Background: Intake of conventionally grown fruits and vegetables (FVs) is an important route of exposure to pesticide residues in the general population. However, whether health risk stemming from exposure to pesticides through diet could offset benefits of consuming FVs is unclear.
Objective: We assessed the association of FV intake, classified according to their pesticide residue status, with total and cause-specific mortality.
Methods: We followed 137,378 women (NHS, 1998-2019, and NHSII, 1999-2019) and 23,502 men (HPFS, 1998-2020) without cardiovascular disease, cancer, or diabetes at baseline. FV intake was assessed using validated food frequency questionnaires and categorized as having high- or low-pesticide-residues using data from the USDA Pesticide Data Program. Cox proportional hazards models were used to estimate hazard ratios (HRs) and 95% confidence intervals (CI) for total and cause-specific mortality associated with high- and low-pesticide-residue FV intake.
Results: A total of 27,026 deaths, including 4,318 from CVD and 6,426 from cancer, were documented during 3,081,360 person-years of follow-up. In multivariable-adjusted analyses, participants who consumed ≥4 servings/day of low-pesticide-residue FVs had 36% (95% CI: 32%-41%) lower mortality risk compared to participants who consumed <1 serving/day. The corresponding estimate for high-pesticide residue FV intake was 0.93 (95% CI: 0.81-1.07). This pattern was similar across the three most frequent causes of death (cardiovascular disease, cancer and respiratory diseases).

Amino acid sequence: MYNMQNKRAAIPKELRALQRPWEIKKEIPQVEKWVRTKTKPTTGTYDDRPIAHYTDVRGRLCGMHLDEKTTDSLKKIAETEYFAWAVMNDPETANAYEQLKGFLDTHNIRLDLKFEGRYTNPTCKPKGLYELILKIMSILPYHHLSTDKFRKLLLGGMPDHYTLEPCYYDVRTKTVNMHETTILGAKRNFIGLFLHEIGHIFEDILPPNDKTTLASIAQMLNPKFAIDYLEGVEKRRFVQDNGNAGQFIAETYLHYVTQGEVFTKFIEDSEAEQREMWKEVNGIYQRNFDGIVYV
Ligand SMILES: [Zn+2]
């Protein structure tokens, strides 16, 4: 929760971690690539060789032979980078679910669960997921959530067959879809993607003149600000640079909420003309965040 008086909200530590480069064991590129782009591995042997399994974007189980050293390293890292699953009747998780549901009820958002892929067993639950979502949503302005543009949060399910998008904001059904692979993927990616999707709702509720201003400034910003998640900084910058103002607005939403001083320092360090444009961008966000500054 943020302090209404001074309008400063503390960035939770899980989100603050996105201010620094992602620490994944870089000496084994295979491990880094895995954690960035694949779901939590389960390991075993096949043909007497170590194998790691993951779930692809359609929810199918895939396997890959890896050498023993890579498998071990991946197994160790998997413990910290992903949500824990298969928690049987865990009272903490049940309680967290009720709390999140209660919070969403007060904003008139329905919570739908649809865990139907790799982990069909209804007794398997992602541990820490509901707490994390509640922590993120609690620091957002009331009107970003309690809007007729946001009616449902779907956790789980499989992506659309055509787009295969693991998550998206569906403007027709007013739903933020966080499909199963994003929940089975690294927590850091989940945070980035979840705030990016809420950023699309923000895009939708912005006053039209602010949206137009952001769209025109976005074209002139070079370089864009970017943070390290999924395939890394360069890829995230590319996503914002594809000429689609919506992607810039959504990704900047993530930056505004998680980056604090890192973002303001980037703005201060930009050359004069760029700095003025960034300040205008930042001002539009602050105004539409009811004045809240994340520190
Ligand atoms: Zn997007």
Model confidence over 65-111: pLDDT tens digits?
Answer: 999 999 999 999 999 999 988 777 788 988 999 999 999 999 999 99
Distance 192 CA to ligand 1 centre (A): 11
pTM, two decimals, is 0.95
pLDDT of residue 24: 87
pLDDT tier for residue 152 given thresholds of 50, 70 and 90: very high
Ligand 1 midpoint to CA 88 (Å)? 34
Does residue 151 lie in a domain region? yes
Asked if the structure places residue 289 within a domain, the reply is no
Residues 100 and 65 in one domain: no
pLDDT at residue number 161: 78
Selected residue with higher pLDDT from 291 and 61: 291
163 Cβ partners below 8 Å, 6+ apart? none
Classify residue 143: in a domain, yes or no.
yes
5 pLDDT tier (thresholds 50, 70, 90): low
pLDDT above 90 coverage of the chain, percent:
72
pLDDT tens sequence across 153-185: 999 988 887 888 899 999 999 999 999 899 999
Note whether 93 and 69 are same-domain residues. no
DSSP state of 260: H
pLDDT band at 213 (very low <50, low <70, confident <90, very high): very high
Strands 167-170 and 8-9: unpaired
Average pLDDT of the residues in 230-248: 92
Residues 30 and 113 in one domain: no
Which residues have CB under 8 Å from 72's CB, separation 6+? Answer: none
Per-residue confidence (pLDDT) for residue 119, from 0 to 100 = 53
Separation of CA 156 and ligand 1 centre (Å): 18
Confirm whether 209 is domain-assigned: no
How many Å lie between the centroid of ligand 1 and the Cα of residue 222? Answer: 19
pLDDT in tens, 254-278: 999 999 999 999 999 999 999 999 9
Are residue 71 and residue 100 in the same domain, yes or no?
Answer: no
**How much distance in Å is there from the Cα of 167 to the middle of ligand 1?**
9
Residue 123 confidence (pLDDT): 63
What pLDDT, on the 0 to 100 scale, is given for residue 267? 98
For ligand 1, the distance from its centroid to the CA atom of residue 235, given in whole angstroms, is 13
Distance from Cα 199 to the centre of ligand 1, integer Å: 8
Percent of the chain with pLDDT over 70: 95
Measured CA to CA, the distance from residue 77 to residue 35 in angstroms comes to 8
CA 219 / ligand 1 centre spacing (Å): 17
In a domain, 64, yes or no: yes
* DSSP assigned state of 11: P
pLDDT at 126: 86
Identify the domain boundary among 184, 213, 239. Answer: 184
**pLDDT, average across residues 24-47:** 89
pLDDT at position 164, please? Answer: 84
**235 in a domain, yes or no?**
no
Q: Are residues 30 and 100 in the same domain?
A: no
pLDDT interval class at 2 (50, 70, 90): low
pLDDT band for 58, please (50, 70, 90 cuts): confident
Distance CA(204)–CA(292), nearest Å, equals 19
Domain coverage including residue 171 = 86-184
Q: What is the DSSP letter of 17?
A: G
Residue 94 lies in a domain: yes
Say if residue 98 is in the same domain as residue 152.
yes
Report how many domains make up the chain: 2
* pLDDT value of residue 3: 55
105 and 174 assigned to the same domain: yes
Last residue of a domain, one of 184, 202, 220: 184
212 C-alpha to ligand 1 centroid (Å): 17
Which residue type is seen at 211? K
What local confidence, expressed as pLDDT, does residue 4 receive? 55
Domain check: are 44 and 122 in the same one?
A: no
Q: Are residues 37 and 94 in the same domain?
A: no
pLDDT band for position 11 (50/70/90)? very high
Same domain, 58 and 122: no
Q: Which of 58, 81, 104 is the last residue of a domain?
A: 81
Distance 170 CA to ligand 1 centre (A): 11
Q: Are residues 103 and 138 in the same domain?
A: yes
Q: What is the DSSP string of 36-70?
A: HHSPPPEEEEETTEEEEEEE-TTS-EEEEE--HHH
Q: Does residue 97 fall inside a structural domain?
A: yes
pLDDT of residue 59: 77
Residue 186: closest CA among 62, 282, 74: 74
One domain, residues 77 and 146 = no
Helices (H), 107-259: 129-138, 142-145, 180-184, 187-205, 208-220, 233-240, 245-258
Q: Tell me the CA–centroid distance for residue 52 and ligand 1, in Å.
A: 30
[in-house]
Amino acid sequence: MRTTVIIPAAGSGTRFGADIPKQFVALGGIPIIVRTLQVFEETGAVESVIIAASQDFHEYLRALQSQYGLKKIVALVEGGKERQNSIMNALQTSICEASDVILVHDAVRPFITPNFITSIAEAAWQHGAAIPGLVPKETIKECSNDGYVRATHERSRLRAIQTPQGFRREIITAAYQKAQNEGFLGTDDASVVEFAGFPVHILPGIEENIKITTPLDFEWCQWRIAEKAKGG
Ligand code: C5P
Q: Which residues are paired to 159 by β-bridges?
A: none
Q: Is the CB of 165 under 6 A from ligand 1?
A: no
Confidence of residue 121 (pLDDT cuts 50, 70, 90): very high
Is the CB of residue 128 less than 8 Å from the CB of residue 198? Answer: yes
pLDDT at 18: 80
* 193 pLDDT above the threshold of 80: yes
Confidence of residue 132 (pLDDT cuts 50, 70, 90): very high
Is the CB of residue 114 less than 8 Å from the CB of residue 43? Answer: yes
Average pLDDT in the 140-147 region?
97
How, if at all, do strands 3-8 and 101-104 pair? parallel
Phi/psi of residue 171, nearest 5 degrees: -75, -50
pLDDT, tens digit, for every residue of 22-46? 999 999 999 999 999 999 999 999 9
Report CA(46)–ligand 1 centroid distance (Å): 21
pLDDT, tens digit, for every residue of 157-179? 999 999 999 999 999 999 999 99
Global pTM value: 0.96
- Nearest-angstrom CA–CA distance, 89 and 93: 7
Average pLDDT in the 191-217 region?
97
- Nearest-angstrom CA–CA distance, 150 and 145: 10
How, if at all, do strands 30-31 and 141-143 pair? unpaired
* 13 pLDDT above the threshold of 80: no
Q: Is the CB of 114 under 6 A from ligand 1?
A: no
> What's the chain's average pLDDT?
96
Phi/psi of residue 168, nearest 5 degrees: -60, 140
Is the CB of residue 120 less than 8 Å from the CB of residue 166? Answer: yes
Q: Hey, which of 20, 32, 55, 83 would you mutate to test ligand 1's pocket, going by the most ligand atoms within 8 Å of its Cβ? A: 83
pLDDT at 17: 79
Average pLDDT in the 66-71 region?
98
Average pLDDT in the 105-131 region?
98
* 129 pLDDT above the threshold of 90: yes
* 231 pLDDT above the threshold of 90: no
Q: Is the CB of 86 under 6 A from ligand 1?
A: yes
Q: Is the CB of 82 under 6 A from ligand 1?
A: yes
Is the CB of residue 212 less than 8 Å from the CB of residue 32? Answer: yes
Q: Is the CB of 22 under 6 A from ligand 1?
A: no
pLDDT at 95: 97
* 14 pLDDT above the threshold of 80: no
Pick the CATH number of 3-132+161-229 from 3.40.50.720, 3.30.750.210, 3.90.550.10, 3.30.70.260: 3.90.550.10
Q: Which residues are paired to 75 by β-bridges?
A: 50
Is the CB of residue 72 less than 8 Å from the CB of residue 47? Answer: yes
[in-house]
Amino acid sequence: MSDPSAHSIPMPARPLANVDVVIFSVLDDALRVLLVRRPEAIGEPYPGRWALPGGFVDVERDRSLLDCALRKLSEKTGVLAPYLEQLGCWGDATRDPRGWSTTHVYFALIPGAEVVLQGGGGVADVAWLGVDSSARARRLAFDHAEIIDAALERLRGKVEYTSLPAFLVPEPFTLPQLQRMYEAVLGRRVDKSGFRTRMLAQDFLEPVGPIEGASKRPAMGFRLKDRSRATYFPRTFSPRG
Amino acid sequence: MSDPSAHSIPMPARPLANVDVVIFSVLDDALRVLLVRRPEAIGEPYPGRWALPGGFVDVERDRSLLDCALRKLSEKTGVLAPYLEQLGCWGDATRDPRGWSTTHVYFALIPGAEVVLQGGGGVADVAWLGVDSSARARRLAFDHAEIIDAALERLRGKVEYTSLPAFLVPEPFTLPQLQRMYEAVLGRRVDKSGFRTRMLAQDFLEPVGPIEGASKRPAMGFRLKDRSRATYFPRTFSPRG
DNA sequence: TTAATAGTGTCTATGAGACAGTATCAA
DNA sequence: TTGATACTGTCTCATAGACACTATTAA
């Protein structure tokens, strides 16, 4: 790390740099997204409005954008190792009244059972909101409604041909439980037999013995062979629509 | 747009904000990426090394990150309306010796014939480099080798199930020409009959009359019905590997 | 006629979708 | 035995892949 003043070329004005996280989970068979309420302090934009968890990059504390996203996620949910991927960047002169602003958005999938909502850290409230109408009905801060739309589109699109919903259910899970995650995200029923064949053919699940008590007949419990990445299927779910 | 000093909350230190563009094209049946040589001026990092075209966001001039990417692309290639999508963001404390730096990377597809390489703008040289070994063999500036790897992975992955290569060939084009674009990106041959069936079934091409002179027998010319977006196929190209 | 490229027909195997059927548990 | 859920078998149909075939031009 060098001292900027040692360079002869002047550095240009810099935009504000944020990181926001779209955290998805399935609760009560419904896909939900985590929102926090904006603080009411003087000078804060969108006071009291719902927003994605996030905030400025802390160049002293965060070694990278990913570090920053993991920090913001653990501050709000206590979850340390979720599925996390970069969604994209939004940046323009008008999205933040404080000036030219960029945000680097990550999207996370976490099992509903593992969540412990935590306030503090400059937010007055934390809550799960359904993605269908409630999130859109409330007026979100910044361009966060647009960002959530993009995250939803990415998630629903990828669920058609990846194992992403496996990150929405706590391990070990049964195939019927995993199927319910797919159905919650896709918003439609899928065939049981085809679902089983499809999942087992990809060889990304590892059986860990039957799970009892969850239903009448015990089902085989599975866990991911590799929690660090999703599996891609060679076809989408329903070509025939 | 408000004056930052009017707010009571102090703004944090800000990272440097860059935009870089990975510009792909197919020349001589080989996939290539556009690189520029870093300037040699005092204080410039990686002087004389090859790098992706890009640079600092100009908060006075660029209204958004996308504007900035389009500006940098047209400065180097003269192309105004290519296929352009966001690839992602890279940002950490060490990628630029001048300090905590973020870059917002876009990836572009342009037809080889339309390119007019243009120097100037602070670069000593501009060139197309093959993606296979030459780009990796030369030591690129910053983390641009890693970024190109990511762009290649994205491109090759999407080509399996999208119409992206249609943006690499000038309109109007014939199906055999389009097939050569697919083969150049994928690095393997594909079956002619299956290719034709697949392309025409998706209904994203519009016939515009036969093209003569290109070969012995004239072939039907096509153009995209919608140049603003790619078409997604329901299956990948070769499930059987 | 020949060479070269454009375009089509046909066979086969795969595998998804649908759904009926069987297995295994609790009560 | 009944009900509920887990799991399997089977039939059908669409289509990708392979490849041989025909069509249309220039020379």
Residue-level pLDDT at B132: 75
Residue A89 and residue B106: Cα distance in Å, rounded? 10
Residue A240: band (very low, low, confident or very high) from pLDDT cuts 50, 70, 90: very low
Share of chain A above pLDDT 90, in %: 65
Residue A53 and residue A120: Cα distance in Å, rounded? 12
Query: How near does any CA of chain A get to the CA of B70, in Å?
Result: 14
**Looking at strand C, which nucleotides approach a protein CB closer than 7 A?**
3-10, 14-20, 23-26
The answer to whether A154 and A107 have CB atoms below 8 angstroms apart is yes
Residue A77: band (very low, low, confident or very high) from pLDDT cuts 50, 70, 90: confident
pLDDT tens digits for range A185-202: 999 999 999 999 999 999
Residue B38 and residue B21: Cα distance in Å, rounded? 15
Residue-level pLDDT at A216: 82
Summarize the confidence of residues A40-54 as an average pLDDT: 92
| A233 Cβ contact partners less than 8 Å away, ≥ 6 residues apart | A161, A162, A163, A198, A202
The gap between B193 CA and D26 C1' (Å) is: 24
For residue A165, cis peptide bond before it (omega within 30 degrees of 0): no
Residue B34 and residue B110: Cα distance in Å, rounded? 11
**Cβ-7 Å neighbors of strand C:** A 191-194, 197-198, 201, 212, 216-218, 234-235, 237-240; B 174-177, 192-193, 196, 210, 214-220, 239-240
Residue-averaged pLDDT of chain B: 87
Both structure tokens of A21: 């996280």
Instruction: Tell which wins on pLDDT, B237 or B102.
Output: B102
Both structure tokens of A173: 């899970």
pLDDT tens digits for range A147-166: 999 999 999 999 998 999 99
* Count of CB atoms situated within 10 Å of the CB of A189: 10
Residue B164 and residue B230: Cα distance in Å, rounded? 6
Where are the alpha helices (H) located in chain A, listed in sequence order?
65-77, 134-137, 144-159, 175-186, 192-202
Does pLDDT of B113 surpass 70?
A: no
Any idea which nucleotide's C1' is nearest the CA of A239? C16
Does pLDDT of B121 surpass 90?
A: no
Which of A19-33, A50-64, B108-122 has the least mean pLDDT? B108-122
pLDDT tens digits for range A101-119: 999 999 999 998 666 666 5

Conclusions: High-pesticide-residue FV intake was unrelated whereas low-pesticide residue FV intake was inversely related to all-cause mortality, suggesting that exposure to pesticide residues through diet may offset the beneficial effect of FV intake on mortality.
Copyright © 2021 The Authors. Published by Elsevier Ltd.. All rights reserved.